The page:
• Share Price: 1 EUR (The market price per share at the moment of calculation)

Scenario 1: Company Value Stays the Same

  • Profit/Loss = (Share Price - Strike Price) * Number of Shares
  • Number of Shares = Invested Amount / Strike Price
  • Assuming the employee invests 850 EUR (1000 shares):
  • Number of Shares = 850 EUR / 0.85 EUR = 1000 shares
  • Profit/Loss = (1 EUR - 0.85 EUR) * 1000 shares = 150 EUR (Profit)

Scenario 2: Company Value Diminishes to 900,000 EUR

  • New Share Price = 0.90 EUR/share
  • Profit/Loss = (New Share Price - Strike Price) * Number of Shares
  • Profit/Loss = (0.90 EUR - 0.85 EUR) * 1000 shares = 50 EUR (Profit)

Scenario 3: Company Value Diminishes to 500,000 EUR

  • New Share Price = 0.5 EUR/share
  • Profit/Loss = (New Share Price - Strike Price) * Number of Shares
  • Profit/Loss = (0.5 EUR - 0.85 EUR) * 1000 shares = -350 EUR (Loss)

Scenario 4: Company Value Increases to 3,000,000 EUR

  • New Share Price = 3 EUR/share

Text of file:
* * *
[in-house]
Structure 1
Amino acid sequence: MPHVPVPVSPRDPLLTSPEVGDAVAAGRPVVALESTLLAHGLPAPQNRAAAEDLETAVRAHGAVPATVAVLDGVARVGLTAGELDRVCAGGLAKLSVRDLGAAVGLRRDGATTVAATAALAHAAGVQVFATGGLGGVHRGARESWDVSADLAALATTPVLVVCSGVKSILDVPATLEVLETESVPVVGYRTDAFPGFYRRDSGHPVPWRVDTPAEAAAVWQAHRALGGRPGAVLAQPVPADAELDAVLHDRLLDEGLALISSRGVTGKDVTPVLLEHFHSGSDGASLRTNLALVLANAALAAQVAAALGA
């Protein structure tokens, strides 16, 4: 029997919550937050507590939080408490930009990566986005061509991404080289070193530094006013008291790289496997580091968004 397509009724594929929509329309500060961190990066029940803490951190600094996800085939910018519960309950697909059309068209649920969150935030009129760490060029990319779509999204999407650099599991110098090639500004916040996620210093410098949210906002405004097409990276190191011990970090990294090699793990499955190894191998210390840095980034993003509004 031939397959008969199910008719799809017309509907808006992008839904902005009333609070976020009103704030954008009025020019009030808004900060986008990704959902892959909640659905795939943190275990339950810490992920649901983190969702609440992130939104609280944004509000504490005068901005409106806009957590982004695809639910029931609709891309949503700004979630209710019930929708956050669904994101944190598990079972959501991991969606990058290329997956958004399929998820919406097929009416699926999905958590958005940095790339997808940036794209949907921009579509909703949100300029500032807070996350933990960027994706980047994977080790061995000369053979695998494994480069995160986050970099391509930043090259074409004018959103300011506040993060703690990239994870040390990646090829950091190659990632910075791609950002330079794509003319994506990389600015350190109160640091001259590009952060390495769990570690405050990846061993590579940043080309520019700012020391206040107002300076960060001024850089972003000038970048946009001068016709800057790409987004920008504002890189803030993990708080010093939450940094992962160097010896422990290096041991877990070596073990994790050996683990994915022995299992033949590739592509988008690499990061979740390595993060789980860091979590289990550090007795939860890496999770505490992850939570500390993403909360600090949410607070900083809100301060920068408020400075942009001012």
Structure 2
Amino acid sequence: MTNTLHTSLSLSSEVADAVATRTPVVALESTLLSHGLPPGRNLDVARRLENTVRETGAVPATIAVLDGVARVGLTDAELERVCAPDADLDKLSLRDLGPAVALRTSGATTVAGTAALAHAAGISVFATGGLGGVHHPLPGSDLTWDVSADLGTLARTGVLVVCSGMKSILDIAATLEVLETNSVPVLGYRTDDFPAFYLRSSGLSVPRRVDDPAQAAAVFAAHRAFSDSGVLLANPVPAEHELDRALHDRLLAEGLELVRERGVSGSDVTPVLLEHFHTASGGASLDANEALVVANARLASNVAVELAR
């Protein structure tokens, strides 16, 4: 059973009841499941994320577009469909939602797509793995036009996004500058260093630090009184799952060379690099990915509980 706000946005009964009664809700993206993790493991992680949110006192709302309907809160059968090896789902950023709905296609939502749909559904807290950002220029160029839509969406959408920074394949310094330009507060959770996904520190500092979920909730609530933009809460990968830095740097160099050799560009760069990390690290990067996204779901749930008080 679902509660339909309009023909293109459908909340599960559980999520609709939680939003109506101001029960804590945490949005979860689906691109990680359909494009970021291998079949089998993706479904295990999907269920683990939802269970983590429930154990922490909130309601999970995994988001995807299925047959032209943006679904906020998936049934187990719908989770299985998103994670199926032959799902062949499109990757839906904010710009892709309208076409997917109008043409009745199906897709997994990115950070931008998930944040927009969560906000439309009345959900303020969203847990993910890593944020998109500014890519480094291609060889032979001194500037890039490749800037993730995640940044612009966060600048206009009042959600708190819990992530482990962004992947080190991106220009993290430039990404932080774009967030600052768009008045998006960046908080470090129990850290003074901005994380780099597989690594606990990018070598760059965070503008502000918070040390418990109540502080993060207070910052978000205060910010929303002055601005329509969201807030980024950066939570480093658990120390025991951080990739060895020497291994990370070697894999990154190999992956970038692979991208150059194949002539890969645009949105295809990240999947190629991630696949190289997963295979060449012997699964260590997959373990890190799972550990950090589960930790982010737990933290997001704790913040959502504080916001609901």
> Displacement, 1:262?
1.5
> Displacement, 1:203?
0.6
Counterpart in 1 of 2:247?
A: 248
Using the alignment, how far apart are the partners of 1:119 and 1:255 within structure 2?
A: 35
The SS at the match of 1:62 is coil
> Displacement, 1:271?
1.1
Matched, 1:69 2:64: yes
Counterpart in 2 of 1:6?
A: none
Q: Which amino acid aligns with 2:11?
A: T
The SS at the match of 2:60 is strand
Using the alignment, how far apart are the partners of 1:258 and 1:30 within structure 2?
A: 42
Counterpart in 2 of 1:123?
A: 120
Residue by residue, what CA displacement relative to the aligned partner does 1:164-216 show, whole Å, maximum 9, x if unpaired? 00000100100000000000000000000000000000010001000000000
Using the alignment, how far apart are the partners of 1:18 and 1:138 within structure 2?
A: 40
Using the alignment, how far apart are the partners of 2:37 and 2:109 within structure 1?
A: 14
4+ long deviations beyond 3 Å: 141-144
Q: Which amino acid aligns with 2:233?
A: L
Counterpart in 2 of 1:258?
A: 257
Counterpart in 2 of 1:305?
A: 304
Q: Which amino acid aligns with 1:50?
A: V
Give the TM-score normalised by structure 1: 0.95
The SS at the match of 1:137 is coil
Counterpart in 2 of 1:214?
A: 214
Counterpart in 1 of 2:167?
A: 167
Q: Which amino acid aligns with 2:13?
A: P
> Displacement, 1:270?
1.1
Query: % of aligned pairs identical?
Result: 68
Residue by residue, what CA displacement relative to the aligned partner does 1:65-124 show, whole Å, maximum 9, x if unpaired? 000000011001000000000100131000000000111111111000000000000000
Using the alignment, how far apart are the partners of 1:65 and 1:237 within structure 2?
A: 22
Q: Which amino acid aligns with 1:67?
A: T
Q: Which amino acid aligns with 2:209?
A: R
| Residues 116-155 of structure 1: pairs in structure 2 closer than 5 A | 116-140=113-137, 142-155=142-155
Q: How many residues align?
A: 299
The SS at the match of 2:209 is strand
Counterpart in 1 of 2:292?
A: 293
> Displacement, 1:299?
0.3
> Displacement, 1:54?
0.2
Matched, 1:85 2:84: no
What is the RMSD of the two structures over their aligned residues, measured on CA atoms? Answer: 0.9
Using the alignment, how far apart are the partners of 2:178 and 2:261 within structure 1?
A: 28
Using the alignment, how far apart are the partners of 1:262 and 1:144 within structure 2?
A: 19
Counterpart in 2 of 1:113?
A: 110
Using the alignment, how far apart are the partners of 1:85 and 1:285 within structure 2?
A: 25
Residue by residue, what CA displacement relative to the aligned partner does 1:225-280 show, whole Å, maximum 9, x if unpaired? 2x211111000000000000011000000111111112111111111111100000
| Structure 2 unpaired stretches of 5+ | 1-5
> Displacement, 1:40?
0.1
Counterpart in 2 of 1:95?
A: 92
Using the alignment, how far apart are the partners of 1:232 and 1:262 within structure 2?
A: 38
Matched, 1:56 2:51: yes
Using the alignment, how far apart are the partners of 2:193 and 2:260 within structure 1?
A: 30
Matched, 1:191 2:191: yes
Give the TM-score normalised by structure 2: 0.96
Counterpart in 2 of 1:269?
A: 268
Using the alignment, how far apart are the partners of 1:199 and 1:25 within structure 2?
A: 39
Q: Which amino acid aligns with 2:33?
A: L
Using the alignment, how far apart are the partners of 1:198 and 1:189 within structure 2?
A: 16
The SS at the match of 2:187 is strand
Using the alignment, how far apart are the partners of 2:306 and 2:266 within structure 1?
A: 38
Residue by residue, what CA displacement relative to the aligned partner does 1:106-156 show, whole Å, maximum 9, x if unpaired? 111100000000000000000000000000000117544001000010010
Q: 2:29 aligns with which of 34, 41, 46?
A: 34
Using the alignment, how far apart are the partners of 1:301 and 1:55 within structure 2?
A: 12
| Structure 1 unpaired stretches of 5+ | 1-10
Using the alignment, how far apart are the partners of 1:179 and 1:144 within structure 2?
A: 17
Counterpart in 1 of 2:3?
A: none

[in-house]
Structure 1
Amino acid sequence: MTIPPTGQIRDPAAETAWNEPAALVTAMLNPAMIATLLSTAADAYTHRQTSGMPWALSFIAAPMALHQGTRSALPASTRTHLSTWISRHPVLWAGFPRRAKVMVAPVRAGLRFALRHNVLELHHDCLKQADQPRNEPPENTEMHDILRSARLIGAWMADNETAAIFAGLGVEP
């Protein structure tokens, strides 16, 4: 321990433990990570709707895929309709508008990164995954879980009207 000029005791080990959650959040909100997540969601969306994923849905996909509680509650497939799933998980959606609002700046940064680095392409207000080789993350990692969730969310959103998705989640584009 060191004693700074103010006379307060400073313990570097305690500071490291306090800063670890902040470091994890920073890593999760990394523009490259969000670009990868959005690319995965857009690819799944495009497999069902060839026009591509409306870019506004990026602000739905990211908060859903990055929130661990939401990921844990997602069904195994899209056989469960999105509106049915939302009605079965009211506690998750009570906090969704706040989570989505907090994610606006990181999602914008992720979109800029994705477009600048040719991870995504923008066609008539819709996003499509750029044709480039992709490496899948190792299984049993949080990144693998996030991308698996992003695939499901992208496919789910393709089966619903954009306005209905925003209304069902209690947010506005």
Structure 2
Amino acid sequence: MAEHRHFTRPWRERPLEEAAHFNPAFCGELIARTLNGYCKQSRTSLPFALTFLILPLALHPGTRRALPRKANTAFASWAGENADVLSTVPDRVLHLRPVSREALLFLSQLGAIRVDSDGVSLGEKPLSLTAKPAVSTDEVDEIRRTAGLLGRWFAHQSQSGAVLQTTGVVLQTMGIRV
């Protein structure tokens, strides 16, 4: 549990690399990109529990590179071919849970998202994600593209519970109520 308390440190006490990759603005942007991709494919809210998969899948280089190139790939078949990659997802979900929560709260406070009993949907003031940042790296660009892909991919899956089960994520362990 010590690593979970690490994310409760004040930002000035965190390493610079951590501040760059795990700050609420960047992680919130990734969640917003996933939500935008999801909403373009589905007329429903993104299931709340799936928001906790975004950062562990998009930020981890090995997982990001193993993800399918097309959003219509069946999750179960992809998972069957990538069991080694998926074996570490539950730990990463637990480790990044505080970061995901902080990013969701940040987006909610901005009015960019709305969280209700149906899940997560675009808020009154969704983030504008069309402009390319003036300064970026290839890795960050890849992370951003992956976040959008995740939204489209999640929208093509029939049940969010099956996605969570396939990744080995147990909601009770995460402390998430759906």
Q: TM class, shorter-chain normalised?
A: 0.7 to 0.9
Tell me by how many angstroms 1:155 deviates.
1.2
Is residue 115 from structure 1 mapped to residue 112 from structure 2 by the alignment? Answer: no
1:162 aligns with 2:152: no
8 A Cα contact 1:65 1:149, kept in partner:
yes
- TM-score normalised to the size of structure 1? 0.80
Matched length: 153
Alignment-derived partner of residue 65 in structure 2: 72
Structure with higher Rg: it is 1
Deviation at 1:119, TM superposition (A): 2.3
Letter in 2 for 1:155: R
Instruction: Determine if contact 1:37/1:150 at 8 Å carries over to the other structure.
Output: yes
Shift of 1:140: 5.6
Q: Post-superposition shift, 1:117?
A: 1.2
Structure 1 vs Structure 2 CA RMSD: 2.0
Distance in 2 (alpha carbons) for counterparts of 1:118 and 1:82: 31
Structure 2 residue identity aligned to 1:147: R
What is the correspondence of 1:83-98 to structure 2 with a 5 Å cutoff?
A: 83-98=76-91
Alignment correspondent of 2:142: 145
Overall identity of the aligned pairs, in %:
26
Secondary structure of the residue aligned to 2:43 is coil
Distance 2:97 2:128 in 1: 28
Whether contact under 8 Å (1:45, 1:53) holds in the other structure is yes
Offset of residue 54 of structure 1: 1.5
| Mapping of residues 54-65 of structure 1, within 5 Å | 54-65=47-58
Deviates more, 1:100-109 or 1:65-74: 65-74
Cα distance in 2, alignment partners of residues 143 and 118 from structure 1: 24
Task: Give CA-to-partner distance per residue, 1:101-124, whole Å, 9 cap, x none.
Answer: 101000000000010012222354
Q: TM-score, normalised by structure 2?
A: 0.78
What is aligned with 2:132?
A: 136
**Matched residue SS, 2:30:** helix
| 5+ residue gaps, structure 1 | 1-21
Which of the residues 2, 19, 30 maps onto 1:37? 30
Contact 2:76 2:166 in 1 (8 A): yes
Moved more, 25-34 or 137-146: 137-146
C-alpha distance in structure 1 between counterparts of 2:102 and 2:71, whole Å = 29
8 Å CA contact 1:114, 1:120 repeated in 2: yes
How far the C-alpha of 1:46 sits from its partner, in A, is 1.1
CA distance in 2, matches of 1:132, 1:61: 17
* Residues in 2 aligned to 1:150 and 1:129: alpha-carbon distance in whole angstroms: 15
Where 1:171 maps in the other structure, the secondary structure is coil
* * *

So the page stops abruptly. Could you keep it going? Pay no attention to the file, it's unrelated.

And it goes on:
• Profit/Loss = (New Share Price - Strike Price) * Number of Shares
  • Profit/Loss = (3 EUR - 0.85 EUR) * 1000 shares = 2,150 EUR (Profit)

In summary, the employee profit or loss from buying ESOP shares depends on the change in company value and share price. In Scenario 1, 2 and 4, the employee experiences profits due to increases in company value or share price. However, in Scenario 3, the employee incurs losses due to decreases in company value and thus the share price. Even if the company value decreases, as long as the company share price remains over the strike price, employees win. If the share price decreases below this limit, employees lose.

8: What could Nimity do for me?